You can list reasonable assumptions about different personas. Based on your product analysis, market research, and surveys, you can either validate or disapprove your assumptions and keep iterating.

For example, for the weather app, you may create the following user personas and follow the above steps:

  • A commuter (who plan out his/her trips)
  • A picnic host
  • A professional traveler (who is always on the move)

Once you have drawn out your user personas, the next step to a user journey map for each of them. While creating the maps, try to figure out what’s meaningful for each persona, and how your product can help them achieve something that’s meaningful to them.

Try to create at least two journey maps for each persona.

2. Research, research, and more research

Research is never wasted. In this case, where you are required to understand aspects of product design and development that make or breaks user experience, research is Truth.

Taking users’ feedback who have journeyed applications similar to yours, is integral to your research. There are different ways to collect users’ feedback. We have written an article on this. 

Your research should focus on the following aspects of UX:

  • The Context: As we mentioned at the beginning, different users will interact with your product in different scenarios. Maybe they are in a rush, or maybe they feeling bored, or maybe they have landed on your product because of someone’s recommendation.
  • Motivation: Different scenarios result in different motivations. What would drive your user personas to interact with your product? Why would they use your product instead of your competitors?
  • Users’ Perceptions: If your product addresses and solves a problem, then how that problem would be perceived by your user personas? What are their perceptions based on? Is there a need to educate them on something?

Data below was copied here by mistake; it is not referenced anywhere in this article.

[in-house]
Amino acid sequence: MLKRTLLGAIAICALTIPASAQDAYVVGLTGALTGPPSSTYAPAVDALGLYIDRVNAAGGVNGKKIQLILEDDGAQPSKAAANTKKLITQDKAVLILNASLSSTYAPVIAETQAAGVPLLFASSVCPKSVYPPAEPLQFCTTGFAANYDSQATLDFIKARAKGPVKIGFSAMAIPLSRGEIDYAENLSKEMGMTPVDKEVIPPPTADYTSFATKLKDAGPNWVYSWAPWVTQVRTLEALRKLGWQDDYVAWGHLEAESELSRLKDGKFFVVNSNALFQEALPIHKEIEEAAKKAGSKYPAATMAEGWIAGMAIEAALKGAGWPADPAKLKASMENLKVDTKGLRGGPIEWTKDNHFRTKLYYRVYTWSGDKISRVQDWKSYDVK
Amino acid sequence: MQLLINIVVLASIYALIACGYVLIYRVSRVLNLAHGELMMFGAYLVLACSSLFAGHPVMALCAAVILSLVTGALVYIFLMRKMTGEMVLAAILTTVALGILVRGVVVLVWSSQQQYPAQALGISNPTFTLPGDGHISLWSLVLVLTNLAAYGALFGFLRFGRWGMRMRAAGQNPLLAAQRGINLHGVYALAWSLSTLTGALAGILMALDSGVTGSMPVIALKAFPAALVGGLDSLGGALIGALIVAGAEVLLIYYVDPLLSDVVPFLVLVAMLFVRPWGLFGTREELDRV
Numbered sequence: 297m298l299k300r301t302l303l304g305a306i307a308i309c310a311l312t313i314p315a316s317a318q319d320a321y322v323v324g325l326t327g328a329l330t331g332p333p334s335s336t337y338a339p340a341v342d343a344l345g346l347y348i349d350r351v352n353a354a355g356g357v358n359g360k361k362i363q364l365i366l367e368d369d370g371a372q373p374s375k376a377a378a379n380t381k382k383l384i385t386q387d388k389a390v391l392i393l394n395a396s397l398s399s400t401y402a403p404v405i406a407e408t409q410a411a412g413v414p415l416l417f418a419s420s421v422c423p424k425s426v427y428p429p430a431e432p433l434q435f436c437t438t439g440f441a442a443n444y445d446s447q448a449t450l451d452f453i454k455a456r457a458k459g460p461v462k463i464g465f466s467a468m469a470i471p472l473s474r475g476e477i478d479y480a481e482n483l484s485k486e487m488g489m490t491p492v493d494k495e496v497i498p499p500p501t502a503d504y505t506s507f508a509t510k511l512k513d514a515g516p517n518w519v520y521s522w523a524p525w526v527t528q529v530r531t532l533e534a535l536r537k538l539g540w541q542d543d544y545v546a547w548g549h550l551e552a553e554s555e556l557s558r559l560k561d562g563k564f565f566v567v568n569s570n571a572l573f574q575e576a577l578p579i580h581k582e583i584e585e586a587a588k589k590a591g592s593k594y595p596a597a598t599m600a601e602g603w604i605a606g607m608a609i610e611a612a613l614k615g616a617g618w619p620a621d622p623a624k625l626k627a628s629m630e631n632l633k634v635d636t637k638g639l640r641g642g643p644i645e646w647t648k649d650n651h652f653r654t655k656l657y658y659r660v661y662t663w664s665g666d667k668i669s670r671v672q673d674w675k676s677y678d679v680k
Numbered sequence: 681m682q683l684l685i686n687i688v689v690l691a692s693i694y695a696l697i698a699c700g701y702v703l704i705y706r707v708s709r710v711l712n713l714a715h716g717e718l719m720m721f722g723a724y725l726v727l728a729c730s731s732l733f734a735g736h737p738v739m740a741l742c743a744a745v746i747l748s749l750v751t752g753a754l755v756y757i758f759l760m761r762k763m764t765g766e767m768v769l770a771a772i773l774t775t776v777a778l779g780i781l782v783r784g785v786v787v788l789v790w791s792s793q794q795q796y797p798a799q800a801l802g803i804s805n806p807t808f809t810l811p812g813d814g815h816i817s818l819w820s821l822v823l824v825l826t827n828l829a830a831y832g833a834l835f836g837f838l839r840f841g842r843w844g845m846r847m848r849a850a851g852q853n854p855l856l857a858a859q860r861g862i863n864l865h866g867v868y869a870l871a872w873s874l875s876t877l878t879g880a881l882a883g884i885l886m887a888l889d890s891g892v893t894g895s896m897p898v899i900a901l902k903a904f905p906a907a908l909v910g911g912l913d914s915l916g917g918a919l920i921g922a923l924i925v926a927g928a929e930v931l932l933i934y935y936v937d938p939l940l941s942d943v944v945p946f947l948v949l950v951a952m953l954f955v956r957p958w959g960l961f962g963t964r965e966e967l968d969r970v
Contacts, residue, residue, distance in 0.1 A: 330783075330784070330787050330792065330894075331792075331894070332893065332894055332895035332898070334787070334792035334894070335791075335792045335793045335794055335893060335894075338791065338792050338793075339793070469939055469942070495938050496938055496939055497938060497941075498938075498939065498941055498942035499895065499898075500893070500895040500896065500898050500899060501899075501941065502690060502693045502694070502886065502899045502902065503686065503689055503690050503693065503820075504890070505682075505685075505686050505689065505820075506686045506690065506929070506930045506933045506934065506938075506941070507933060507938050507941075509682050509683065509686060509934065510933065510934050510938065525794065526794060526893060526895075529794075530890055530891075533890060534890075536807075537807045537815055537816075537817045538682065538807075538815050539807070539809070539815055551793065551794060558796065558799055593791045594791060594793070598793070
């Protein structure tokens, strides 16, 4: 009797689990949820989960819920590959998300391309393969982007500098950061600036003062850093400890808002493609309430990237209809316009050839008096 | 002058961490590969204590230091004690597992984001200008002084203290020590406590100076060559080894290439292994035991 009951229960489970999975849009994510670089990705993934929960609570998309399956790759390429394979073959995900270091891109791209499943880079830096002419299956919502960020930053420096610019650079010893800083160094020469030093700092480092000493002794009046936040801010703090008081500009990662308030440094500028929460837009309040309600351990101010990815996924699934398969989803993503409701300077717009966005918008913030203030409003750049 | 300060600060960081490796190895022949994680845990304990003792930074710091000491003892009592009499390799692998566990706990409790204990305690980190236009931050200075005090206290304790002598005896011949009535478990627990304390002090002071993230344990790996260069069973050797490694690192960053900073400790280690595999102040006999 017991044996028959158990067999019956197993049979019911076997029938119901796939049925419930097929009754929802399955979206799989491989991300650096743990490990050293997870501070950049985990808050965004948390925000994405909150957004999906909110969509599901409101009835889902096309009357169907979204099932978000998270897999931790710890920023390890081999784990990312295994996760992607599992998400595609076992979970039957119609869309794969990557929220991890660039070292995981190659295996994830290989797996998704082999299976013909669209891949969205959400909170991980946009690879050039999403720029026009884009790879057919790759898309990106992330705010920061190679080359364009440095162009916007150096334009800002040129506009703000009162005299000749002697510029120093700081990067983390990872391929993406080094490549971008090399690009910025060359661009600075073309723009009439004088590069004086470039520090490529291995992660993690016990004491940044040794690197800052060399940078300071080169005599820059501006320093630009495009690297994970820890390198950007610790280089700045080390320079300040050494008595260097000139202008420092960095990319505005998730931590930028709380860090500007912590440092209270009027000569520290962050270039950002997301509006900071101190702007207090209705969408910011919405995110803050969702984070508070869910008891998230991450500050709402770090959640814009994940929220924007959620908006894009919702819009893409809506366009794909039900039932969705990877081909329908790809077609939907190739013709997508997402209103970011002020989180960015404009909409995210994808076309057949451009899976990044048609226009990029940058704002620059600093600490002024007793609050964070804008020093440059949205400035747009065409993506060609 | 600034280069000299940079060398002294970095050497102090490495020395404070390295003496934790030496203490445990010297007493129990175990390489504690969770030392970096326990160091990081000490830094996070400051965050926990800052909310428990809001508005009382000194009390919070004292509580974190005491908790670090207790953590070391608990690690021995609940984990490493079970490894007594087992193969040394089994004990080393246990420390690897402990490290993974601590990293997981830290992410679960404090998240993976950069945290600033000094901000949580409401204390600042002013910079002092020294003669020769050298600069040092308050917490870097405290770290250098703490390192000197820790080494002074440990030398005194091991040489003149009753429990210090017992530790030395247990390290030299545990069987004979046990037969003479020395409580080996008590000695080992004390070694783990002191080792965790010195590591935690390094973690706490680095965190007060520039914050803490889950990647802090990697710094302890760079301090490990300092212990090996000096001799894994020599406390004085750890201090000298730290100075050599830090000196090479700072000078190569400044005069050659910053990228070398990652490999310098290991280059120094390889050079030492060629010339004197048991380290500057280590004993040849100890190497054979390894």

• Users’ Pain points: This is where you may have to dilute some of your assumptions. You should remain true to users’ pain points, even if it calls for many iterations. Understand the obstacles that they are facing while using your product.

3. The Timeline

Before creating a user journey map for each persona, it’s a good practice to create a generic map. Through a generic map, you can understand the timeline of your users’ interaction.

The timeline includes:

  • User touchpoints
  • Standard actions
  • Scheduled notifications

A user journey map should mention the channel through which a particular interaction will be done.

For example, if your user journey includes an interaction between a user and a pre-sales agent, then you must mention whether the conversation will happen over the phone or it will be a live chat.

If it’s a weather app, then users will mostly be on the move. So it makes more sense for them to chat with the agent rather than talk to him over the phone.

In case you have gathered considerable feedback, and have done enough behavioral analysis, you can also mention the emotional state of your users at various touchpoints. It’s important for you to identify whether a user will be confused or agitated at a particular touchpoint.

 

In the next write-ups, we will explain it further by using some exciting user journey examples. This write-up is entirely based on our experiences as a product development partner for our clients. If you have any query regarding this write-up, do mention them in the comment section.

Sadanand is a content curator and strategist. He understands the Startup gamut, be it ideation, product development, team building, sales, or marketing, and likes to keep up with the trend. His lucid writing style makes up for an intriguing read. His writeups are greatly followed and admired in various communities.